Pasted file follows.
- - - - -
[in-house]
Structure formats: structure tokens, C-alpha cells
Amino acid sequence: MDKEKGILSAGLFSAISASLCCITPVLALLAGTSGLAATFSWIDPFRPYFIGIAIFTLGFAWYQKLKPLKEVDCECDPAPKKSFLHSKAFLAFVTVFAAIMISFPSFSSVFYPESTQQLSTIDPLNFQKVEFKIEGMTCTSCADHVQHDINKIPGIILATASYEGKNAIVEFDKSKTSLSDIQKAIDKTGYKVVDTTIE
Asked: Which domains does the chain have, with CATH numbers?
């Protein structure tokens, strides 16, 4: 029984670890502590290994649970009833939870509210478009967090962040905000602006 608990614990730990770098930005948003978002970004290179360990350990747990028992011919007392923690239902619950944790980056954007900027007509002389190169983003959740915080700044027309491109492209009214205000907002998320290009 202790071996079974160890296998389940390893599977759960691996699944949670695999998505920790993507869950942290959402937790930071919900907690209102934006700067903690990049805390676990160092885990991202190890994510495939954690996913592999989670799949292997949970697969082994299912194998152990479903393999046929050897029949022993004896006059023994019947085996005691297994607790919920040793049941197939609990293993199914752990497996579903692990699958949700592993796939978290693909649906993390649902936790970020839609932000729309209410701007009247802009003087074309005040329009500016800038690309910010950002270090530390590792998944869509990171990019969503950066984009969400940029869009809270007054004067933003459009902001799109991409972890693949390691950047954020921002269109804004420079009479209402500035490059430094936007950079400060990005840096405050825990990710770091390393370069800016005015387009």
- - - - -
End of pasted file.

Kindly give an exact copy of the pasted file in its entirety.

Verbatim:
[in-house]
Structure formats: structure tokens, C-alpha cells
Amino acid sequence: MDKEKGILSAGLFSAISASLCCITPVLALLAGTSGLAATFSWIDPFRPYFIGIAIFTLGFAWYQKLKPLKEVDCECDPAPKKSFLHSKAFLAFVTVFAAIMISFPSFSSVFYPESTQQLSTIDPLNFQKVEFKIEGMTCTSCADHVQHDINKIPGIILATASYEGKNAIVEFDKSKTSLSDIQKAIDKTGYKVVDTTIE
Asked: Which domains does the chain have, with CATH numbers?
């Protein structure tokens, strides 16, 4: 029984670890502590290994649970009833939870509210478009967090962040905000602006 608990614990730990770098930005948003978002970004290179360990350990747990028992011919007392923690239902619950944790980056954007900027007509002389190169983003959740915080700044027309491109492209009214205000907002998320290009 202790071996079974160890296998389940390893599977759960691996699944949670695999998505920790993507869950942290959402937790930071919900907690209102934006700067903690990049805390676990160092885990991202190890994510495939954690996913592999989670799949292997949970697969082994299912194998152990479903393999046929050897029949022993004896006059023994019947085996005691297994607790919920040793049941197939609990293993199914752990497996579903692990699958949700592993796939978290693909649906993390649902936790970020839609932000729309209410701007009247802009003087074309005040329009500016800038690309910010950002270090530390590792998944869509990171990019969503950066984009969400940029869009809270007054004067933003459009902001799109991409972890693949390691950047954020921002269109804004420079009479209402500035490059430094936007950079400060990005840096405050825990990710770091390393370069800016005015387009």